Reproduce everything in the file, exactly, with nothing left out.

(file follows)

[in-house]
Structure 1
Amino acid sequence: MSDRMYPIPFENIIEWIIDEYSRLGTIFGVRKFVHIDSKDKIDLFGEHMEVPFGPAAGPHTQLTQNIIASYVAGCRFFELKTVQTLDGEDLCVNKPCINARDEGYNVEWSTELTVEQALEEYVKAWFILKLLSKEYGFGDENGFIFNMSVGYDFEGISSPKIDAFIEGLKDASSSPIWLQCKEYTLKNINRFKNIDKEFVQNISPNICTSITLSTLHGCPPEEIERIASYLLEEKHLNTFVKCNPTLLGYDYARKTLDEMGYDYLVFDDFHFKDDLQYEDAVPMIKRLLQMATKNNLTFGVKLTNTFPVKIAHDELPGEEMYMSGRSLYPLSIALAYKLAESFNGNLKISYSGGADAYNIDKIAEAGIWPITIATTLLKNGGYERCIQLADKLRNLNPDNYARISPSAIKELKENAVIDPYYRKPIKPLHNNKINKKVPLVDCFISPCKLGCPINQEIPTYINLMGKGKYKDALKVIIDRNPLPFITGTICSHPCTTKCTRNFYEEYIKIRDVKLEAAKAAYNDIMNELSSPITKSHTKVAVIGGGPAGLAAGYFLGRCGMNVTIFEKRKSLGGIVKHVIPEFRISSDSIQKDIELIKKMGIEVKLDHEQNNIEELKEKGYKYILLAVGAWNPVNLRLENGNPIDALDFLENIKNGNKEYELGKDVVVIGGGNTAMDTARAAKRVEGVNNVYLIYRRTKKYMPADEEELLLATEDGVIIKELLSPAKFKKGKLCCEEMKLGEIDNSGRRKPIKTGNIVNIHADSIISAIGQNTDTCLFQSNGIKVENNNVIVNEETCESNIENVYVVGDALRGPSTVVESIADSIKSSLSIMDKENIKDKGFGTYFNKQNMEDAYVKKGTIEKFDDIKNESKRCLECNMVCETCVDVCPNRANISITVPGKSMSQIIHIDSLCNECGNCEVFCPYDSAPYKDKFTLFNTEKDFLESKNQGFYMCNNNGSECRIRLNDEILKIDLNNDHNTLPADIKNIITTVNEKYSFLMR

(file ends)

[in-house]
Structure 1
Amino acid sequence: MSDRMYPIPFENIIEWIIDEYSRLGTIFGVRKFVHIDSKDKIDLFGEHMEVPFGPAAGPHTQLTQNIIASYVAGCRFFELKTVQTLDGEDLCVNKPCINARDEGYNVEWSTELTVEQALEEYVKAWFILKLLSKEYGFGDENGFIFNMSVGYDFEGISSPKIDAFIEGLKDASSSPIWLQCKEYTLKNINRFKNIDKEFVQNISPNICTSITLSTLHGCPPEEIERIASYLLEEKHLNTFVKCNPTLLGYDYARKTLDEMGYDYLVFDDFHFKDDLQYEDAVPMIKRLLQMATKNNLTFGVKLTNTFPVKIAHDELPGEEMYMSGRSLYPLSIALAYKLAESFNGNLKISYSGGADAYNIDKIAEAGIWPITIATTLLKNGGYERCIQLADKLRNLNPDNYARISPSAIKELKENAVIDPYYRKPIKPLHNNKINKKVPLVDCFISPCKLGCPINQEIPTYINLMGKGKYKDALKVIIDRNPLPFITGTICSHPCTTKCTRNFYEEYIKIRDVKLEAAKAAYNDIMNELSSPITKSHTKVAVIGGGPAGLAAGYFLGRCGMNVTIFEKRKSLGGIVKHVIPEFRISSDSIQKDIELIKKMGIEVKLDHEQNNIEELKEKGYKYILLAVGAWNPVNLRLENGNPIDALDFLENIKNGNKEYELGKDVVVIGGGNTAMDTARAAKRVEGVNNVYLIYRRTKKYMPADEEELLLATEDGVIIKELLSPAKFKKGKLCCEEMKLGEIDNSGRRKPIKTGNIVNIHADSIISAIGQNTDTCLFQSNGIKVENNNVIVNEETCESNIENVYVVGDALRGPSTVVESIADSIKSSLSIMDKENIKDKGFGTYFNKQNMEDAYVKKGTIEKFDDIKNESKRCLECNMVCETCVDVCPNRANISITVPGKSMSQIIHIDSLCNECGNCEVFCPYDSAPYKDKFTLFNTEKDFLESKNQGFYMCNNNGSECRIRLNDEILKIDLNNDHNTLPADIKNIITTVNEKYSFLMR